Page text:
Prince Harry in the thick of battle against Taliban
Prince Harry is taking the fight to the Taliban, who have vowed to kill or capture him during his tour of duty in Afghanistan.
Prince Harry, a co-gunner in the Apache attack helicopter, is part of a four-man team that is on alert around the clock.
"Think World War Two Spitfire pilot and the Battle of Britain," the military source told the Sun. "He can be sat in a deckchair for hours then scrambled immediately.
Among his missions, he has destroyed enemy targets and provided cover for aircraft sent to rescue an wounded British soldier.
"He's in the thick of it and is one of the lads," said the source. "He's genuinely liked and respected by his comrades and if people think flying an Apache in a war zone is privileged child's play they're on another planet."
That point was driven home a few weeks ago when Harry's base, Camp Bastion, was hit by rockets that killed two American Marines.
On a lighter note, when his four-month deployment ends, Prince Harry can perhaps look forward to reuniting with Cressida Bonas. Radar Online is reporting that the two have been having "heart-to-heart" conversations lately via long-distance phone.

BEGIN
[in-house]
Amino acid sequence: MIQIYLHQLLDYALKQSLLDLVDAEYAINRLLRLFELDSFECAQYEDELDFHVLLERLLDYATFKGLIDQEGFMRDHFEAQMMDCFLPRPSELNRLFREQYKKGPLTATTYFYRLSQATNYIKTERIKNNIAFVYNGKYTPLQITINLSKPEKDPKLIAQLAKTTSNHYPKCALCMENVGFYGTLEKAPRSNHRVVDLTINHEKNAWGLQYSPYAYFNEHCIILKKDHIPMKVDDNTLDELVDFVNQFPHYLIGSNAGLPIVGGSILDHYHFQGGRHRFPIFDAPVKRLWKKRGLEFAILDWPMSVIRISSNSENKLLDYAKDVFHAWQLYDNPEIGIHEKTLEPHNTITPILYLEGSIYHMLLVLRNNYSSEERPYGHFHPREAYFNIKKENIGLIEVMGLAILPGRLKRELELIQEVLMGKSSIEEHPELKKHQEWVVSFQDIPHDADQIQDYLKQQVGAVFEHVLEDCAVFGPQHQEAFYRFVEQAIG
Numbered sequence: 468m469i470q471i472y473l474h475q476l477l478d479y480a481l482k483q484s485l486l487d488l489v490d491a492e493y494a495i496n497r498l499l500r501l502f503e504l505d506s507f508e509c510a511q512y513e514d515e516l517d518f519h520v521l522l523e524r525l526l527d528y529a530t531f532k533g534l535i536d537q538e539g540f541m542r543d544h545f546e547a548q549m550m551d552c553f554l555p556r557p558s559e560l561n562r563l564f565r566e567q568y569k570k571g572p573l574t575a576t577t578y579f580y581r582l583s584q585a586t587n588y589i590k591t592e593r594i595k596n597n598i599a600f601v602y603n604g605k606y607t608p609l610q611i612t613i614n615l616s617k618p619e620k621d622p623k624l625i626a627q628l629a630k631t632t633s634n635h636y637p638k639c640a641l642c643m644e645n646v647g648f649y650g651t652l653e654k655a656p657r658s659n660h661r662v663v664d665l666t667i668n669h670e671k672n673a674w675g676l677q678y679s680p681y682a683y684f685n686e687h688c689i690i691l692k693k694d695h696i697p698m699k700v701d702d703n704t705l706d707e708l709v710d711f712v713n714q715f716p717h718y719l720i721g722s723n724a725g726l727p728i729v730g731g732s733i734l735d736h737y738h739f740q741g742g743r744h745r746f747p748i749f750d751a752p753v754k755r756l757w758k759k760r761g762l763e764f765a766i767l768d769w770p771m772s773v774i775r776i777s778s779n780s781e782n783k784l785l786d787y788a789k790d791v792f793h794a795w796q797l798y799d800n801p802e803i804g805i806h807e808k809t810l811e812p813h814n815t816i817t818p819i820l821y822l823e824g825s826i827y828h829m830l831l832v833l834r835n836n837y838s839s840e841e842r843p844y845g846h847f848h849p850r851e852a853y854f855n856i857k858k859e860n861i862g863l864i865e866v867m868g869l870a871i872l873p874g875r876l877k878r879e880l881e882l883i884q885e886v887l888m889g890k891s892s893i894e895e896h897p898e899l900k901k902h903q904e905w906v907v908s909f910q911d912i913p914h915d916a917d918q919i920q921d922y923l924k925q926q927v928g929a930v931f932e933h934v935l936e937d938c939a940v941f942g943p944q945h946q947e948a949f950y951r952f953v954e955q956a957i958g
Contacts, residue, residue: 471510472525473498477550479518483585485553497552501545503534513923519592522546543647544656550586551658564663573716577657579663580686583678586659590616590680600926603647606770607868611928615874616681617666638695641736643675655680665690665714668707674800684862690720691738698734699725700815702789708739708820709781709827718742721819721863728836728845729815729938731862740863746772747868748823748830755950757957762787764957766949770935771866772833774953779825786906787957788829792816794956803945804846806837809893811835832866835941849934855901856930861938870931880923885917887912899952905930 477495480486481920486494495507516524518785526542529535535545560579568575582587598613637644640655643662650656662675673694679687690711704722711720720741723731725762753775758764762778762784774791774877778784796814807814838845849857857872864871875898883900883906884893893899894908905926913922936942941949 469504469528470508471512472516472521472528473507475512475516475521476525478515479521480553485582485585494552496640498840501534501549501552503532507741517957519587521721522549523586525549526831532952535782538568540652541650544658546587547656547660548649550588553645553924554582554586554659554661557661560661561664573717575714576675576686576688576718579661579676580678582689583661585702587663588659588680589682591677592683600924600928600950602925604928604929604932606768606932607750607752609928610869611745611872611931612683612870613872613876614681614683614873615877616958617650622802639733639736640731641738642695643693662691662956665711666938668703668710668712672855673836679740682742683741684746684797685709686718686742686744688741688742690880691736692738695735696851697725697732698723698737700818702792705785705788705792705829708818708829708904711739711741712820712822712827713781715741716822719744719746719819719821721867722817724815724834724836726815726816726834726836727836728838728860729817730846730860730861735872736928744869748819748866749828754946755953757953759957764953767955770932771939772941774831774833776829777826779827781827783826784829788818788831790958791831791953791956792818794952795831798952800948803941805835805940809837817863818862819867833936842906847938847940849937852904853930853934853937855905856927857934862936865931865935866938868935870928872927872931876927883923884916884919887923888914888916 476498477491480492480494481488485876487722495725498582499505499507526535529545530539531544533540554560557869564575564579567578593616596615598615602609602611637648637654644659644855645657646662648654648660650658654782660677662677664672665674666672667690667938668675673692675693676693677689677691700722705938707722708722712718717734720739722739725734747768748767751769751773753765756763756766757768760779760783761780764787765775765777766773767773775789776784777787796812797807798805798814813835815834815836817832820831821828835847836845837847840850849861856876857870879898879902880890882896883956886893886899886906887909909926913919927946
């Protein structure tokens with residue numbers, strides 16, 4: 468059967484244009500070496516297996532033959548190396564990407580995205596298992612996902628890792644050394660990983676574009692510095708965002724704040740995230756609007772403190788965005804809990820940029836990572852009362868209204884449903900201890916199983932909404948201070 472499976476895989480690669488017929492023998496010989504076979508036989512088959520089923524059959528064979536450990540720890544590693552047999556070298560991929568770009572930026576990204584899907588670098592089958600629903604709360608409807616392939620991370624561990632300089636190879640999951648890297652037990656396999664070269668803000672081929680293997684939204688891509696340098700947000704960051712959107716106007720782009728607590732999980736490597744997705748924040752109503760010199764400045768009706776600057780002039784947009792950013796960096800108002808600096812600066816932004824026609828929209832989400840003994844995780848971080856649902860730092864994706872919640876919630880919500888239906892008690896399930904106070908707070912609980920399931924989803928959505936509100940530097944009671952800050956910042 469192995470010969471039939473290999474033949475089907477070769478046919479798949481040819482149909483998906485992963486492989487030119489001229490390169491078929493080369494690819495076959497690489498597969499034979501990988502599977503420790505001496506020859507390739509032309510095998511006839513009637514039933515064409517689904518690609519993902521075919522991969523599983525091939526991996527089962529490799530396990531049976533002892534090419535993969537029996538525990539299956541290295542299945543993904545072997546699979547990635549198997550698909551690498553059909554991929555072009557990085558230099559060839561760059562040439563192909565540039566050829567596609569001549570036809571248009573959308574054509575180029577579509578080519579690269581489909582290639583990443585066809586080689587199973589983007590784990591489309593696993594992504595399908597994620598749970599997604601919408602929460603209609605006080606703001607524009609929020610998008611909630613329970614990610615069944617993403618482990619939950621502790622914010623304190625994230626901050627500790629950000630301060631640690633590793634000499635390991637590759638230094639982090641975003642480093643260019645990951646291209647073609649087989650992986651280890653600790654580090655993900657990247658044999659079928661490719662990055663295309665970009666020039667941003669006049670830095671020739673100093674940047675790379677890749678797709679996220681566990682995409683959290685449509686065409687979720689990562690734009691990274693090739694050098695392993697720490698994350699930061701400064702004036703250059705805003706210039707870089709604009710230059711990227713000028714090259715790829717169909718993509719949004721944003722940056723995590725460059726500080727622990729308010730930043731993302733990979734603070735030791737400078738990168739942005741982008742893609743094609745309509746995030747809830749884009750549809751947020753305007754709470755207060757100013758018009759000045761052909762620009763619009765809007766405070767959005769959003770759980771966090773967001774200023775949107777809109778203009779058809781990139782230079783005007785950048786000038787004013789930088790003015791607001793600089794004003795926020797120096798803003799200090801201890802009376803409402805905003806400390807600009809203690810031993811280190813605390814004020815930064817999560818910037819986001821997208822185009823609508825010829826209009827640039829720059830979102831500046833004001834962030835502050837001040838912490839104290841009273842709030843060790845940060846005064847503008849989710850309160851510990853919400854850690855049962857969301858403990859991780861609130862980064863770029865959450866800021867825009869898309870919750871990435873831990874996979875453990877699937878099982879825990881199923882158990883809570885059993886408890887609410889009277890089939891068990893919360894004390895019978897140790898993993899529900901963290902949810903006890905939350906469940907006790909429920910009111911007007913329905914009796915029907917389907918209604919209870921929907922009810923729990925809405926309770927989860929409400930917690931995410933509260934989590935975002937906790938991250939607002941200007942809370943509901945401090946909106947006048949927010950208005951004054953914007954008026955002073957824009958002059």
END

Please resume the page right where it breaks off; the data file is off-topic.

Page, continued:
They appeared to have put their dating on hold after Harry's wild and naked Las Vegas weekend, but now the word is that the two are intent on patching up and carrying on with their relationship.
Queen Elizabeth sidelined with bad back
The Queen had a rare sick day on Friday, forcing her to skip an investiture ceremony at Windsor Castle.
The 86-year-old monarch has long suffered from back pain and it flared up recently, prompting aides to convince her that being on her feet for the ceremony where she would be handing out 90 honours was a bit too much to ask.
She had already skipped church on Sunday in Scotland, but did manage to preside over the unveiling of a Diamond Jubilee sculpture on Tuesday.
Prince Charles filled in for the Queen for the investiture ceremony.